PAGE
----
Sunday, November 16, 2008

Paperwork and Training

At this stage in the adoption process, we're heavily involved in completing all of our paperwork along with completing a variety of adoption and parenting training. At times it seems a little overwhelming but we know that all the effort is worth it.

On Friday (Nov 14th) we travelled to the adoption agency to take our first of two all-day classes on adoption. The second class will be this Tuesday (Nov 18th). The first class had a mix of people that are adopting both domestically and internationally. It was a pretty large group of six couples. Two couples were adopting domestically, one couple was adopting from China, and the other three couples (us included) are adopting from Korea. For all couples, this is their first time adopting. It was really great to meet so many people that are going through what we are. Two of the couples are already birth parents but it sounds like just about everybody has struggled with infertility like we have. There were some sad stories to tell and quite a few tears were shed, but we all share an enthusiasm for what is to come as we adopt children from various parts of the world.

The overall theme for the day was "identity". There are many things that play a role in a person's identify. We started by discussing the differences between nature and nurture...and how this shapes our development. An adopted child often lacks information about the "nature" side of their life. Because they are not raised by their birthparents, they often don't learn about their family or cultural history. For adoptees, it's important for them to learn their life story so that they can better understand their "natural" roots. You may have heard the saying that "you need to know where you've been to know where you're going". This is the same thought behind an adoptee knowing their life story. Part of our role as adoptive parents will be to help our child understand his life story and explain it to him which is why we're learning about the Korean culture. It's important to us because we know it will be important to him.

The next topic we discussed was the difference between the perception of birthparents that make an adoption plan and the reality. Some of the typical stereotypes are that the birthparents are poor, young, irresponsible, and selfish. In reality, birthparents consist of people at various income levels, have an average age in the mid 20's, and usually decide to make an adoption plan for the welfare of their child (which is an extremely unselfish act). Our adoption agency deals with both birthparents and adoptive parents. They see both sides. One reason that we really like the people in the agency is that we know they have a genuine concern for everybody. There are many people that are affected by adoption. The birthparents, children, adoptive parents, family, and friends...all are affected. Even though we will be extremely happy when we finally have our child in our arms, I know that we will also feel a deep sense of sadness knowing that our child will probably never know his birth parents.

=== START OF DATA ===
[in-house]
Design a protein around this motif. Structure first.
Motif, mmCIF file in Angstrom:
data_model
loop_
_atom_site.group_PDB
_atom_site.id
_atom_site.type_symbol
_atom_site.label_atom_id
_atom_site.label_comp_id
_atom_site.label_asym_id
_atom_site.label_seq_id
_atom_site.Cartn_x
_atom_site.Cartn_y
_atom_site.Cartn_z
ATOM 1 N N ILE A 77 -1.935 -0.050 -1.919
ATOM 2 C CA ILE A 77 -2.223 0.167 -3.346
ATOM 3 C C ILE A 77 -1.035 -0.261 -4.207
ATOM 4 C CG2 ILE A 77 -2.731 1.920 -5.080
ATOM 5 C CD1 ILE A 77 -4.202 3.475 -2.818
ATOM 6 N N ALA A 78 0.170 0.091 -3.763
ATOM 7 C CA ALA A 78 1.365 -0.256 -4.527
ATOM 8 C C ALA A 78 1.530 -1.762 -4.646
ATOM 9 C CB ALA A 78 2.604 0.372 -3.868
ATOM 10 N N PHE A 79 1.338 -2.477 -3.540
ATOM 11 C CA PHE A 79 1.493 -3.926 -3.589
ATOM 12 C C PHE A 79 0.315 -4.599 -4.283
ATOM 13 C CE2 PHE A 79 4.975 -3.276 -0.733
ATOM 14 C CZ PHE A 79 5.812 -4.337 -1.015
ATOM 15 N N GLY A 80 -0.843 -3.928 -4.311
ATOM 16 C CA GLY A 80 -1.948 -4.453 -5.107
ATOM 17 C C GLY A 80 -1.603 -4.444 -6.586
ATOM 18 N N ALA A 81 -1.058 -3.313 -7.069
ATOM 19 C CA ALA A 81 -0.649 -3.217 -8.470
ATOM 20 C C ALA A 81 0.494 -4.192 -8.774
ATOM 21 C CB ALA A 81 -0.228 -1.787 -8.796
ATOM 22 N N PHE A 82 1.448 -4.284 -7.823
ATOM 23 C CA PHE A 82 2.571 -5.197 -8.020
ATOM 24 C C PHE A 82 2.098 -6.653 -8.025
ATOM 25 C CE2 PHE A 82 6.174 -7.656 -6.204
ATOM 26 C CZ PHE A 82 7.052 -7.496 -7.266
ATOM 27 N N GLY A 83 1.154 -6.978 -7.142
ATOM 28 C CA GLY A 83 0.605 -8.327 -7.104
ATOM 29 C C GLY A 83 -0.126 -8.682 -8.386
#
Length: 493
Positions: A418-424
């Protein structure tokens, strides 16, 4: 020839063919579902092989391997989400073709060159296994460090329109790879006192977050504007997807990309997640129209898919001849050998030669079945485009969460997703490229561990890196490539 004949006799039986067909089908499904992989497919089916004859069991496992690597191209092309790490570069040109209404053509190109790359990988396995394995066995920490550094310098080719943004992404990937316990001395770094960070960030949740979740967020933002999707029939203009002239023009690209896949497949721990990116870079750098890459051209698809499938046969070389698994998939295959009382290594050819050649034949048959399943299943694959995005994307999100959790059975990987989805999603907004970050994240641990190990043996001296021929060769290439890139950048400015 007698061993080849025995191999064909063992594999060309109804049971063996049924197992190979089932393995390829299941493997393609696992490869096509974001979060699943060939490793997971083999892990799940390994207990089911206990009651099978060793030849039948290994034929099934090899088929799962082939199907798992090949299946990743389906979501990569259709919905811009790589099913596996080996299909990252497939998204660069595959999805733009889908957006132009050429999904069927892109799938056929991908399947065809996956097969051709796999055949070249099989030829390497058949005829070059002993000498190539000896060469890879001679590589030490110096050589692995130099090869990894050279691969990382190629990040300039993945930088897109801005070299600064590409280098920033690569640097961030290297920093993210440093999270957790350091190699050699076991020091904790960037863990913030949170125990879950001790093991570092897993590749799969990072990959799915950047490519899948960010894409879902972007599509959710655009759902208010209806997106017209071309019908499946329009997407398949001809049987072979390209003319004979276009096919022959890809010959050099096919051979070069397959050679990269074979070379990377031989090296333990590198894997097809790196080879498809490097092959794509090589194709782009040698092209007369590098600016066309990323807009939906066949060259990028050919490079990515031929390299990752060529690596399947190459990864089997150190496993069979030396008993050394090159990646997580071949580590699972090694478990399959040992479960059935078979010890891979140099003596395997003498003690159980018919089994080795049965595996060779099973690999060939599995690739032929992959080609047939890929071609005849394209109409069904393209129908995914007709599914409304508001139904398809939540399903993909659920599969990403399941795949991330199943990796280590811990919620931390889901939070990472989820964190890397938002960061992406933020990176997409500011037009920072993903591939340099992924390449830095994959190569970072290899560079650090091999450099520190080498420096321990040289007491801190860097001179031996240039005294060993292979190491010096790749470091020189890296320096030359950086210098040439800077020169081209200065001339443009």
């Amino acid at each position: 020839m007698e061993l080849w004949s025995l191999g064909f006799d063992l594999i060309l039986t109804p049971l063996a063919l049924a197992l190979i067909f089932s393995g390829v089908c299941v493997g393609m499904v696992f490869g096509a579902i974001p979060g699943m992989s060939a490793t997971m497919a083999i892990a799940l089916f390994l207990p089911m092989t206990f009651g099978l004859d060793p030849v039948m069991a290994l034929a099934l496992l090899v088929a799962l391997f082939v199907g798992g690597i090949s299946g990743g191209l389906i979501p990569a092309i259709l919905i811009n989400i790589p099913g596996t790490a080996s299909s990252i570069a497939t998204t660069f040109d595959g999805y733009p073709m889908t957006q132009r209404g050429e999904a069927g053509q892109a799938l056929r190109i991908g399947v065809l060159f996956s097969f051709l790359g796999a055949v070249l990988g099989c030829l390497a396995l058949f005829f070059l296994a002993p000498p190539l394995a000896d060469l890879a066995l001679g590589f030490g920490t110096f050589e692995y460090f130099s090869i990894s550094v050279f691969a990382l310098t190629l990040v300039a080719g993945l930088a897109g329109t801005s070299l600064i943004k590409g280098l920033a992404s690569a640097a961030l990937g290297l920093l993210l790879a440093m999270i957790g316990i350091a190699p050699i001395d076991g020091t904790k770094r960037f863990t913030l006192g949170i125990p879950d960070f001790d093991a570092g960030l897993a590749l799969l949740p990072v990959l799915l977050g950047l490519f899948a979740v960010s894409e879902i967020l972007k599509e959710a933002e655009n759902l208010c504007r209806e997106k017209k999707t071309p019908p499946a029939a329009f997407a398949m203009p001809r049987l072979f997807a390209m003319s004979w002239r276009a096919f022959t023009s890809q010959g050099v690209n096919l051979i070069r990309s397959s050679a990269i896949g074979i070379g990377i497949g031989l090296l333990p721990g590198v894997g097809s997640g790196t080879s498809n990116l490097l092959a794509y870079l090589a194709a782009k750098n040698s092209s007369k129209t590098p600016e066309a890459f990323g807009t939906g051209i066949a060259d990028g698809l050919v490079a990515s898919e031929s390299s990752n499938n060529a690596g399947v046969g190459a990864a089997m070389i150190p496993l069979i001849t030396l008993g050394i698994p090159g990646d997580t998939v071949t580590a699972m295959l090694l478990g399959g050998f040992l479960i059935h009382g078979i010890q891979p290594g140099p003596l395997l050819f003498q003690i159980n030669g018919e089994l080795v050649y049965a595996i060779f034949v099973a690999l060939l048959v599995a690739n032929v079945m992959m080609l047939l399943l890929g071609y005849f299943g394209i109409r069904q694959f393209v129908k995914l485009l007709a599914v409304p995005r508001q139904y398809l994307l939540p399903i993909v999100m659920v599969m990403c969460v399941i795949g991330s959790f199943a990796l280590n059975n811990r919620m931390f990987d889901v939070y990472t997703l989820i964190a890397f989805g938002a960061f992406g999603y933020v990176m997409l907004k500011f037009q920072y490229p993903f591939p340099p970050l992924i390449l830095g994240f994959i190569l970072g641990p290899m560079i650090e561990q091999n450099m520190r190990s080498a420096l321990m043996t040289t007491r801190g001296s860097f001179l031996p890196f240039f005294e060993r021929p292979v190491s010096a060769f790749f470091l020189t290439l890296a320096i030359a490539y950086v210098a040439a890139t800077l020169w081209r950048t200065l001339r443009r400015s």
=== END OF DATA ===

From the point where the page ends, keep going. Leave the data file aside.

In our training, we also talked about positive adoption language. The goal with positive adoption language is to give the maximum respect, dignity, responsibility, and objectivity about the decisions made by both birthparents and adoptive parents in discussing the family planning decisions they have made for children who have been adopted. We feel that one of our roles as adoptive parents is to help educate people on adoption. One aspect of that education is how we talk about adoption. For example, one of the most common things people say when referring to birthparents is to call them the child's "real parents". In reality, the "real parents" are the ones that raised the child. They are the ones that comforted him when he was sad and laughed with him when he was happy. Adoptive parents are no less "real" than any other parents. It doesn't matter if we are the birthparents of our child or not...we know that we will be his real parents.

"Real parents" is just one example...there are many other examples of positive adoption language. Here's a good link that shows both the negative phrase and a more positive phrase that should be used instead:

We finished up the day talking about the differences (and similarities) between being a birthparent and an adoptive parent. In addition, we watched a video that talked about adoption from the view of the adoptive parent as well as the adopted child.

It was a long day of training but if flew by very quickly. We left feeling reenergized and motivated to keep working on our paperwork. We know we still have a long ways to go and a lot to learn along the way, but we're as excited as ever.

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